American scientists have learned how to turn waste into graphene

Almost everyone knows about the unique properties of graphene - however, one of the main reasons preventing its mass production is still its high cost: from 67, 000 to 200, 000 dollars per ton. Scientists at Rice University (USA) have developed an inexpensive and fairly effective technology for "instant" production of graphene from carbon-containing waste.

Today, 30-40% of produced food ends up in landfills, and plastic waste has become a real disaster for our civilization. Moreover, they all contain carbon - the basis of graphene. To isolate it, a team of chemists at Rice University proposed heating the starting material in a special reactor using an electric current to 2730 ° C.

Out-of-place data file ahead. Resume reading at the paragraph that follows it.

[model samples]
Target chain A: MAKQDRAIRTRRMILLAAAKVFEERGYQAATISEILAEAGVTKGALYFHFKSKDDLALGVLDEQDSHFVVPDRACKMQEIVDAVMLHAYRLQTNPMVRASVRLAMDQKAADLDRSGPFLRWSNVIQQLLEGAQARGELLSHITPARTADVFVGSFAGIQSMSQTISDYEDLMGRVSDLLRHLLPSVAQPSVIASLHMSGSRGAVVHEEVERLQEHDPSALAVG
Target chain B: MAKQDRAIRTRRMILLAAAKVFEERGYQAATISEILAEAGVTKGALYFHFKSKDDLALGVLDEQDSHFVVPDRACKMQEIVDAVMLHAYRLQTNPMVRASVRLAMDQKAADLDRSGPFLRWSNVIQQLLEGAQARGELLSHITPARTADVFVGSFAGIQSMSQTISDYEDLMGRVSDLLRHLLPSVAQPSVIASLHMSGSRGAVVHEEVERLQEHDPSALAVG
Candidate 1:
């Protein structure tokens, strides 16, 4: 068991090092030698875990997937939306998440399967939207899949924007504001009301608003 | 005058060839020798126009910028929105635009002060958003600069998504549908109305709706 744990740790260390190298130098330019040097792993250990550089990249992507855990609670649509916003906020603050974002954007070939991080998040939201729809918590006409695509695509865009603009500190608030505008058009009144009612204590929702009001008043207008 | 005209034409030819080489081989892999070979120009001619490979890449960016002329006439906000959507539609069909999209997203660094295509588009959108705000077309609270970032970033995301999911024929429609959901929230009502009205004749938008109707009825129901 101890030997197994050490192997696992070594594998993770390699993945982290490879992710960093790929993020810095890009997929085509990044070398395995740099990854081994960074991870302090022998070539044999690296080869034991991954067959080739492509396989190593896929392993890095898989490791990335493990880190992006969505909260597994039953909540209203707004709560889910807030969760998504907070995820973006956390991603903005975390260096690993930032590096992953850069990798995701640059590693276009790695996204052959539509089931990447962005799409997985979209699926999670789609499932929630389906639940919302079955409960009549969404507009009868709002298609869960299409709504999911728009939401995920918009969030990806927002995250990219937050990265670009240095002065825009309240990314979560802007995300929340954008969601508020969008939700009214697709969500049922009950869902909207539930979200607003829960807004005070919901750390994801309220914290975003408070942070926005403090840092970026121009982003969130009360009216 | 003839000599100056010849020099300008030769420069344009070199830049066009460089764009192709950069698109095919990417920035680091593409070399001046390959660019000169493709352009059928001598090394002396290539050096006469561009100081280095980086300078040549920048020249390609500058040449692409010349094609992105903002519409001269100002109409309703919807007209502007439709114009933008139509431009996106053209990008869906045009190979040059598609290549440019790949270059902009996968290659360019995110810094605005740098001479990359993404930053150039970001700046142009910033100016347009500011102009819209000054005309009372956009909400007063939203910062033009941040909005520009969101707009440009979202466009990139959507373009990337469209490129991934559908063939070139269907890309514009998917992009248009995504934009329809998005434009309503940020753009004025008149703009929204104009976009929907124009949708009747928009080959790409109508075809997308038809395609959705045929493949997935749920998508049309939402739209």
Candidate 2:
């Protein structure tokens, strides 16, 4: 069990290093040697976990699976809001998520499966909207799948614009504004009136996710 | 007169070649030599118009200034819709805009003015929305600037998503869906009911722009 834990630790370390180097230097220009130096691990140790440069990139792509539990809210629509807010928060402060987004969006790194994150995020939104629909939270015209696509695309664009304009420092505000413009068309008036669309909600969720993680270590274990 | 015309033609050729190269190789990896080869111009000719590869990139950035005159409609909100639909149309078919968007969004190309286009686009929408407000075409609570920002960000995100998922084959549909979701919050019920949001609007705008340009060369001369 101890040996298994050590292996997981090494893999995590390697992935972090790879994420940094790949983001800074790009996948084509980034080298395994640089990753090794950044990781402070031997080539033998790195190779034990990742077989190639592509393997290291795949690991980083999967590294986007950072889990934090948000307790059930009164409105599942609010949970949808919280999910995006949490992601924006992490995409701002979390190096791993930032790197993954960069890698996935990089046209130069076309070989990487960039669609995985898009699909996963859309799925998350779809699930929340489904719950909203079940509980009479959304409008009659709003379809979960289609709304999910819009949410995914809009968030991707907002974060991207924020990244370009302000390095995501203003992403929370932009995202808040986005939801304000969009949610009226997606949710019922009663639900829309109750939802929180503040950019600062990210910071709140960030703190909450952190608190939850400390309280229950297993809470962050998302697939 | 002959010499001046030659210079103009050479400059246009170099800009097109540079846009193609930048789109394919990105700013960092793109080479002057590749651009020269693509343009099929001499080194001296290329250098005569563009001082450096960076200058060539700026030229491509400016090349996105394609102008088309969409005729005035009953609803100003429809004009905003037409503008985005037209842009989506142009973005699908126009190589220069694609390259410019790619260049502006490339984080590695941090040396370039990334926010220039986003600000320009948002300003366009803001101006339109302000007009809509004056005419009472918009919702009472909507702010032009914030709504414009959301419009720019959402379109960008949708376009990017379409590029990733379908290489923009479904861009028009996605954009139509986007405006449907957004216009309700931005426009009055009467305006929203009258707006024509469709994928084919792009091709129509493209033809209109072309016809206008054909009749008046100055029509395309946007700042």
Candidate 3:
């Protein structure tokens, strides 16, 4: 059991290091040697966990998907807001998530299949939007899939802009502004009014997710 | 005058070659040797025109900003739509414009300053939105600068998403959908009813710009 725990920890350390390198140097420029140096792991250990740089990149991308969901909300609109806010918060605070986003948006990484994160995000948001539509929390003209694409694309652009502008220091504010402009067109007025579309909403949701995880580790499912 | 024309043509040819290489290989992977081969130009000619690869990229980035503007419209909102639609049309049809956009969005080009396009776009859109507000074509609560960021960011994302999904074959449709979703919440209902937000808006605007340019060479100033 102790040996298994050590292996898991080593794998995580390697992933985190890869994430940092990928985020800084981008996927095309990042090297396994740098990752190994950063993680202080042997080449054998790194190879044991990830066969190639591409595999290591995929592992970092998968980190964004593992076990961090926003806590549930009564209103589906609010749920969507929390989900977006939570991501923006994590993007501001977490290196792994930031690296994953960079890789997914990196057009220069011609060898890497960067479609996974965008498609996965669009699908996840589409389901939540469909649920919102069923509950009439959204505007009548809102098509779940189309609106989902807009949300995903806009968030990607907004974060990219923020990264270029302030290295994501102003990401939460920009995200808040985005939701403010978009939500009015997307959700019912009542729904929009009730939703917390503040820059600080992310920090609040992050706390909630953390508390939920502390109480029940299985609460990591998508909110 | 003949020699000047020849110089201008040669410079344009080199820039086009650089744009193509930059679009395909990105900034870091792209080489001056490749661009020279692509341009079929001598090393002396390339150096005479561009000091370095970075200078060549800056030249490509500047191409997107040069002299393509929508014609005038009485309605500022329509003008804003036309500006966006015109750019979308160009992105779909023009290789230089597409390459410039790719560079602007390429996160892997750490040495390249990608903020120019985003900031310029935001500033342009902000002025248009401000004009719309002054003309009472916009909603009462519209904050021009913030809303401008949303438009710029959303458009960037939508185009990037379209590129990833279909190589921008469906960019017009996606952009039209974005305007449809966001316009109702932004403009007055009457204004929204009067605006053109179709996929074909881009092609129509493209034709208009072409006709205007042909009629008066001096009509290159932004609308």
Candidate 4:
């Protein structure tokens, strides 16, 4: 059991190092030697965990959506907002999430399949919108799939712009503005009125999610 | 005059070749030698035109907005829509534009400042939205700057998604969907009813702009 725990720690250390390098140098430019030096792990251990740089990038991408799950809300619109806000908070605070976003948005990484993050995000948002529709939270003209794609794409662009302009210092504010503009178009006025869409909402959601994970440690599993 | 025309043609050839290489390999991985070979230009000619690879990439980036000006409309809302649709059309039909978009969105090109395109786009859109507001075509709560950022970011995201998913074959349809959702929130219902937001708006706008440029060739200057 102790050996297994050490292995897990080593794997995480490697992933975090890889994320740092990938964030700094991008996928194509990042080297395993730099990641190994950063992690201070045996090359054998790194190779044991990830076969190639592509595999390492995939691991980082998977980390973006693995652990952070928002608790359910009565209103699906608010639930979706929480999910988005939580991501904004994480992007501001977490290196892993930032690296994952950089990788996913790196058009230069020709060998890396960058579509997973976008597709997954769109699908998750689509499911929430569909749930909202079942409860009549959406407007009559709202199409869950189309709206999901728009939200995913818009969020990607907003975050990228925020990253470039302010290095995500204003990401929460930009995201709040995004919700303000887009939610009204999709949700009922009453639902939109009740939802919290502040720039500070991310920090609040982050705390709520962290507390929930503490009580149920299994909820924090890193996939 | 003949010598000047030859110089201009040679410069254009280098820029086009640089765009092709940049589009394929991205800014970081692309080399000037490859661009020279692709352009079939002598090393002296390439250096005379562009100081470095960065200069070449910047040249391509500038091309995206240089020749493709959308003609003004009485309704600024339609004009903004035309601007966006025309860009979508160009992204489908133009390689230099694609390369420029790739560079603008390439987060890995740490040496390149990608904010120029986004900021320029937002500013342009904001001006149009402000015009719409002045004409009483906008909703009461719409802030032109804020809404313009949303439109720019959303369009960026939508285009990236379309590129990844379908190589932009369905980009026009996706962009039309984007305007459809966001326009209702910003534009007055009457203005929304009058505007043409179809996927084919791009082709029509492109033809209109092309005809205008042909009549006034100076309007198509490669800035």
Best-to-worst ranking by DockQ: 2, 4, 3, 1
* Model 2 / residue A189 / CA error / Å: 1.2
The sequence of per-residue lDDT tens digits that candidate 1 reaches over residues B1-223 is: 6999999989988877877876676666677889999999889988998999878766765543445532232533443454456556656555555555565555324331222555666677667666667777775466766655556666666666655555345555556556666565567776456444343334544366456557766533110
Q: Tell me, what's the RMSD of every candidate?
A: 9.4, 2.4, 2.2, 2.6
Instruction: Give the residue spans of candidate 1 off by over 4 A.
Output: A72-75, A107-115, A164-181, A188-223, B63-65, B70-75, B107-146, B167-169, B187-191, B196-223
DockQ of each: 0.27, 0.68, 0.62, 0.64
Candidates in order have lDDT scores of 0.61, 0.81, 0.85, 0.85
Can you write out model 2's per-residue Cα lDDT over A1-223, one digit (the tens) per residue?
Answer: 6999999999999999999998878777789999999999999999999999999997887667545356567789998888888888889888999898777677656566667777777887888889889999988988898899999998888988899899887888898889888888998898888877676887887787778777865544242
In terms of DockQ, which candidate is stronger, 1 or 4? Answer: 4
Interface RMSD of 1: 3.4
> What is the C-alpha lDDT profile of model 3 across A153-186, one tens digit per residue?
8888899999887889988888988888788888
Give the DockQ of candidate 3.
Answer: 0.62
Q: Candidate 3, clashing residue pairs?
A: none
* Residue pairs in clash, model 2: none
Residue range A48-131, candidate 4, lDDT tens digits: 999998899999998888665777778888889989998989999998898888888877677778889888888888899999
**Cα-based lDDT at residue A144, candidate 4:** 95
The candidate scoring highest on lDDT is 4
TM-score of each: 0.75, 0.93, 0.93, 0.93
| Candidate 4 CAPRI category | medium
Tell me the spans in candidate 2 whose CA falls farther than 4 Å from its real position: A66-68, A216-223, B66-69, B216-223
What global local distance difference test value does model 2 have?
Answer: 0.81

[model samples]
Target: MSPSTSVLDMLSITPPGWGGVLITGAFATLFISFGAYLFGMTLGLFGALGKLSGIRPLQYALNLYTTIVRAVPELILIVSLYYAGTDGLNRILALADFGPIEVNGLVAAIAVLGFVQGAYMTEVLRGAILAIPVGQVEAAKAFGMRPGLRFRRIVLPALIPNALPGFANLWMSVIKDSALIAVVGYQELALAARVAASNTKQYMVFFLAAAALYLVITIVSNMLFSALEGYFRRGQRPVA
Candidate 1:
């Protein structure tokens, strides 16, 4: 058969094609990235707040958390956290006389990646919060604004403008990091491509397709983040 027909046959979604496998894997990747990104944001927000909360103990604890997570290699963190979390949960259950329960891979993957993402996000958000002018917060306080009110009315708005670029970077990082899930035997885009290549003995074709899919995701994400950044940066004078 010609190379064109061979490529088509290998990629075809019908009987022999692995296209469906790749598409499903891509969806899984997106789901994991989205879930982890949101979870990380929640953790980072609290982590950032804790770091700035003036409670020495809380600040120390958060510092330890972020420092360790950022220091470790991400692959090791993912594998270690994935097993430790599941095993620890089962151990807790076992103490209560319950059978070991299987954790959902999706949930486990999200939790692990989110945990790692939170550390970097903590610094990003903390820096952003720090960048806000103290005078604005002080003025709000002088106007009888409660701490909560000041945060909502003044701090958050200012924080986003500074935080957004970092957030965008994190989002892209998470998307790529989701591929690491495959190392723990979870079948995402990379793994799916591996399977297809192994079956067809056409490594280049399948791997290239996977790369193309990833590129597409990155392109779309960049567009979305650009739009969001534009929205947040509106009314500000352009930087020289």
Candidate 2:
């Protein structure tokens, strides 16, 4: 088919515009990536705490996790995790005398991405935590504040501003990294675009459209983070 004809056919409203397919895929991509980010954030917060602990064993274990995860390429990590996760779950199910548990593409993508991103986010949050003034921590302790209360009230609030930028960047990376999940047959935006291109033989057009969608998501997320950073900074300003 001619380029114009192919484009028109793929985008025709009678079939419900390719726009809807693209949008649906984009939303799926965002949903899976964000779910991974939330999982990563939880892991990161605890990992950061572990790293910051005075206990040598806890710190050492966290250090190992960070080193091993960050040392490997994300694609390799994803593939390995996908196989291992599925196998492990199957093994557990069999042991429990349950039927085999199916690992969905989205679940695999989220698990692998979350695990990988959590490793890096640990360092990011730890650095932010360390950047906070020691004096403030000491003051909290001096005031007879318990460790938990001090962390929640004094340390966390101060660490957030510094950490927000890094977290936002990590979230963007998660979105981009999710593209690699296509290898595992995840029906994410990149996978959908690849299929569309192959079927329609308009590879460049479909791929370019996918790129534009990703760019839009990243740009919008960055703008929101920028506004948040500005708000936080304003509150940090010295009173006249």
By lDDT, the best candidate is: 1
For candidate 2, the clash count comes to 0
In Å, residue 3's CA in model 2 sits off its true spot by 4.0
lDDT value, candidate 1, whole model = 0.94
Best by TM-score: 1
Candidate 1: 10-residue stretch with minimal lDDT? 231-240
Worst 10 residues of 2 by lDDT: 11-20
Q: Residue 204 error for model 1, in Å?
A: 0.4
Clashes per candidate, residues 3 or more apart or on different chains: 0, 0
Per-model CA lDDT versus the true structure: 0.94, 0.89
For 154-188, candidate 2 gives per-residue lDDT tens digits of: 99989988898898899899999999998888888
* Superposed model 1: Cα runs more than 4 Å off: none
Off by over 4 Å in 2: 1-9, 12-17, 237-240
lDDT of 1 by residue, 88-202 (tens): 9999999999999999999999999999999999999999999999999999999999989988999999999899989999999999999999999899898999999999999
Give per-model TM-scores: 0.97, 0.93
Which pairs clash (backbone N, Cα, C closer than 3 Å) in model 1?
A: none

As a result of the reaction, in 10 ms, chemical bonds inside the substance are broken, and carbon is converted into graphene. In this case, the evaporated side elements can be captured for subsequent use.

Most of the energy is converted, and only a small amount is scattered as light. The technology is very environmentally friendly, since it does not require additional reagents and solvents.

In the coming years, the developers intend to increase the daily productivity of their reactor up to 1000 grams.